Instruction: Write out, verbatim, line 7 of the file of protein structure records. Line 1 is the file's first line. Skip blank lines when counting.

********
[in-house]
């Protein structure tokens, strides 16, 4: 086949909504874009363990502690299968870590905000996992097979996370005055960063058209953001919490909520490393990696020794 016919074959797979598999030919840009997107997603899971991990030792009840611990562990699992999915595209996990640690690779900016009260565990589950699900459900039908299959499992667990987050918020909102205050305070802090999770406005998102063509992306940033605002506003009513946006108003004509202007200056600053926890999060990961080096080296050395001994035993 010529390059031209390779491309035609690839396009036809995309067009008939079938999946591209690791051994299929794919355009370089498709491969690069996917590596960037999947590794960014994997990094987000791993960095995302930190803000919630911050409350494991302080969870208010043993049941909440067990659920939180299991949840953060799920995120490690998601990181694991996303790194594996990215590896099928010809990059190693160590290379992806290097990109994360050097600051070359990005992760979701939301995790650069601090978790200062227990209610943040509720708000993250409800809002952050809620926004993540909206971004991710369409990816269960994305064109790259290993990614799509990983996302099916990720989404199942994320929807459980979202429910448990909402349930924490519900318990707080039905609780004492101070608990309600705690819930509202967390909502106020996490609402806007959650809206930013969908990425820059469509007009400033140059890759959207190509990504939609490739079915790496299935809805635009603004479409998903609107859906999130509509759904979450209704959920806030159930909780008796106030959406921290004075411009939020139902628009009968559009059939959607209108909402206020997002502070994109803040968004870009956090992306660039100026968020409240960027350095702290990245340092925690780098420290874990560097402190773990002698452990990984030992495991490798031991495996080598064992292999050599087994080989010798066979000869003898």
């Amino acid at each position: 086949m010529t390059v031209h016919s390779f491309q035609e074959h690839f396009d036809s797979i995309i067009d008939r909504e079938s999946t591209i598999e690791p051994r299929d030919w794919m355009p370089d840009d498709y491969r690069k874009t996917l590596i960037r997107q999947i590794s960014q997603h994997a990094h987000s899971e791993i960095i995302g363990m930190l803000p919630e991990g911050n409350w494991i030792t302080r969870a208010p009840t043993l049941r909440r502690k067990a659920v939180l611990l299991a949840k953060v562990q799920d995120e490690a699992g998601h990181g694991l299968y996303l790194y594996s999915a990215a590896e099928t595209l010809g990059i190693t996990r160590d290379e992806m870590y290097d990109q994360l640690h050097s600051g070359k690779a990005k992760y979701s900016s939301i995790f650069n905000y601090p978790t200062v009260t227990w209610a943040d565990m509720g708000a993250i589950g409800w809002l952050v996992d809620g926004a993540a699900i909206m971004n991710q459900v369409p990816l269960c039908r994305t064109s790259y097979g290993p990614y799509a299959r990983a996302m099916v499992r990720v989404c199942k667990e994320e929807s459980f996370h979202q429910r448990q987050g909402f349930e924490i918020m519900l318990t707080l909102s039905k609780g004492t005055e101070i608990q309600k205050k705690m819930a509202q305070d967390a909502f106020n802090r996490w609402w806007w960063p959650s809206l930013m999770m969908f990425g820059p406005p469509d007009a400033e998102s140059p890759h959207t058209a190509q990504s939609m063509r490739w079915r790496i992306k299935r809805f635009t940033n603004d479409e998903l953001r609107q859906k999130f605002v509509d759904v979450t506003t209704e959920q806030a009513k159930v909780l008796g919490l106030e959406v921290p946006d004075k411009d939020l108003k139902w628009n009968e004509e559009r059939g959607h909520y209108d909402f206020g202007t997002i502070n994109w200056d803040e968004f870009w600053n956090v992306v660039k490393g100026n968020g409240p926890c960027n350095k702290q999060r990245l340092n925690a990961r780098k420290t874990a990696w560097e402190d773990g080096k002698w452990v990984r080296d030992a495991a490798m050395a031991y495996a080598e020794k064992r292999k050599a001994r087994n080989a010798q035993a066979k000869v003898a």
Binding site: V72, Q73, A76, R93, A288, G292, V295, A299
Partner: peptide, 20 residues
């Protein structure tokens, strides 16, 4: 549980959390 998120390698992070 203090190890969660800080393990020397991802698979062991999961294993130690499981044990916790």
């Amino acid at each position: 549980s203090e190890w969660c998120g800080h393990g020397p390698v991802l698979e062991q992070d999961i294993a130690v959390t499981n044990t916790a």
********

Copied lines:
């Amino acid at each position: 549980s203090e190890w969660c998120g800080h393990g020397p390698v991802l698979e062991q992070d999961i294993a130690v959390t499981n044990t916790a």